Low Tide


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Scene Title Low Tide
Synopsis Miles apart, two heartbroken souls are linked by memories and regret.
Date December 28, 2010

New York and Cape Cod

Three days after Christmas.

Four days since Wes Smedley kissed Peyton Whitney goodbye before going to run a few errands before the holiday.

If he'd know what was going to happen in the span of those few hours-

It's those lines of thought that keep trying to snake their way into Wes's consciousness. Those are the poisonous what-ifs that Wes has been keeping at bay with his own brand of self-medication.

At least it keeps him relatively warm as he stands on the deck of What Jenny Thought, looking out across the Hudson at the skyline.

* * *

Cape Cod is cold and desolate in the winter; many of its residents "winter" elsewhere. The icy wind coming off the water blows Peyton's dark hair around her face as she walks the empty beach, wrapped in coat and scarf and hat to keep herself warm.

Von doesn't mind the cold, and chases sea gulls merrily along the water's edge, daring even to get his paws wet by the surf before deciding the water's too cold even for him.

A cell phone in Peyton's pocket has gone ignored — turned off, in fact; while she promised she'd return in case of an emergency, she hasn't checked her messages.

Things could be worse. She'd finally met her brother, spent time with her mother — family is what Christmas is about, after all.

Or that's what she's telling herself.

* * *

Carson rests inside the wheelhouse, guarded from the wind by the rickety walls, while Wes lets the relatively gentle breeze buffet against him. His bare fingers flex around the bottle in his hands, making the brown paper that shrouds the glass crinkle.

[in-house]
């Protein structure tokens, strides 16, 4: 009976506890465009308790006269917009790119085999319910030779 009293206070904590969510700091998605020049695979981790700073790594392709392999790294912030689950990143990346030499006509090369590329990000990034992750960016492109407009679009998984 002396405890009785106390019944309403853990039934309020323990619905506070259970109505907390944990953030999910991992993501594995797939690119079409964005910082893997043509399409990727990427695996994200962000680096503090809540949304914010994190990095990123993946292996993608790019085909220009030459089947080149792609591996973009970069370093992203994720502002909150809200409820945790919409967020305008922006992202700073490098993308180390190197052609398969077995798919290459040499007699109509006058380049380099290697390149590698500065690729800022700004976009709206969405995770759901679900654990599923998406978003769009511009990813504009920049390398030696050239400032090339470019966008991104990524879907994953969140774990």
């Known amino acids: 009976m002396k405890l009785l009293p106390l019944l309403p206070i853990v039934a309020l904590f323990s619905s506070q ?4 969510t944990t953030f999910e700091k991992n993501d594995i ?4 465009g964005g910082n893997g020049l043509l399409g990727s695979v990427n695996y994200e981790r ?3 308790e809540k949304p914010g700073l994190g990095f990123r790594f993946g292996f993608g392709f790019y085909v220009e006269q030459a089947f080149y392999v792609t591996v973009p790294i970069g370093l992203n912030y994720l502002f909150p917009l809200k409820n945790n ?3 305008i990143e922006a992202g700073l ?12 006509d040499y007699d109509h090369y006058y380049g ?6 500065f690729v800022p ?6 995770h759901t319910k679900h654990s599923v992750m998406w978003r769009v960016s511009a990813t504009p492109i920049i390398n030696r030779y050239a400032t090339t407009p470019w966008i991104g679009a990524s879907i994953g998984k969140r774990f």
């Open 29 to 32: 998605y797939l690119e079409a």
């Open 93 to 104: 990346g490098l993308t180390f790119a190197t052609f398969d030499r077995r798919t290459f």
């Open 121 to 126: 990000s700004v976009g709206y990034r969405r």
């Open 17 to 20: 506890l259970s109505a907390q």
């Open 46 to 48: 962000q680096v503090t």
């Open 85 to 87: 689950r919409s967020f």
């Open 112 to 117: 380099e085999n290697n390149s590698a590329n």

There are a few messages on Peyton's phone from him, mostly slurred apologies scattered among pleas for her to come back. Then again, that would mean he would have to go back too. Being in the space she decorated for the season, surrounded by the small touches that made it more than just where he dealt with human necessities was too much. So despite the cold weather, Jenny has become his temporary home, with small excursions to truck stops on the fringes of the metropolis where he can shower and eat something that didn't come out of a box.

Eventually, he tells himself, he'll have to go back, if only to retrieve his own belongings and transport them elsewhere. There's a real chance that Peyton has disappeared for good, and it isn't as if he could blame her. Then again, whether the truth about his past came from his own lips or a website, he can't imagine her reacting in any other way.

But there's an old saying about letting go of what you love.

* * *

Peyton moves to sit on a rock and let Von frolic — here he can run and scamper without a leash, though she can't help but wonder how lonely he is, without Carson by his side. Her arms wrap around her knees, and she stares out at the gray-blue ocean, the gray-blue sky above melting into it at the horizon so she can't be sure what is sky and what is sea anymore.

The color reminds her of Wes' eyes, which brings a familiar sting to her own dark set as they stare out at the waves, a prick of tears she can't blame solely on the chilly wind that makes everything taste like her tears have tasted on her lips so many nights in a row.

It took her almost 22 years to say she loved a man, and only a few moments to unravel everything built up in the last few months.

Von comes bounding back toward her, puppyish leaps and bounces that make her smile. "Time to go?" she says, sliding off the rock and into the sand to begin the walk back to Faye's home.

* * *

Not having Von around has definitely lead to Carson sleeping more, but it isn't as though Wes has stepped in to keep the old dog's activity level up either. He lifts the bottle to drain the last mouthful of liquid from it before he throws the whole thing - paper bag and all - into the river.

Environmentalism be damned.

It would be simple enough to throw the bottle away in a more proper manner, but in addition to the release of angry energy afforded by the physical exertion, the conscious effort is something Wes just can't do right now. Why would it matter, anyway?

Why does any of it matter anymore?

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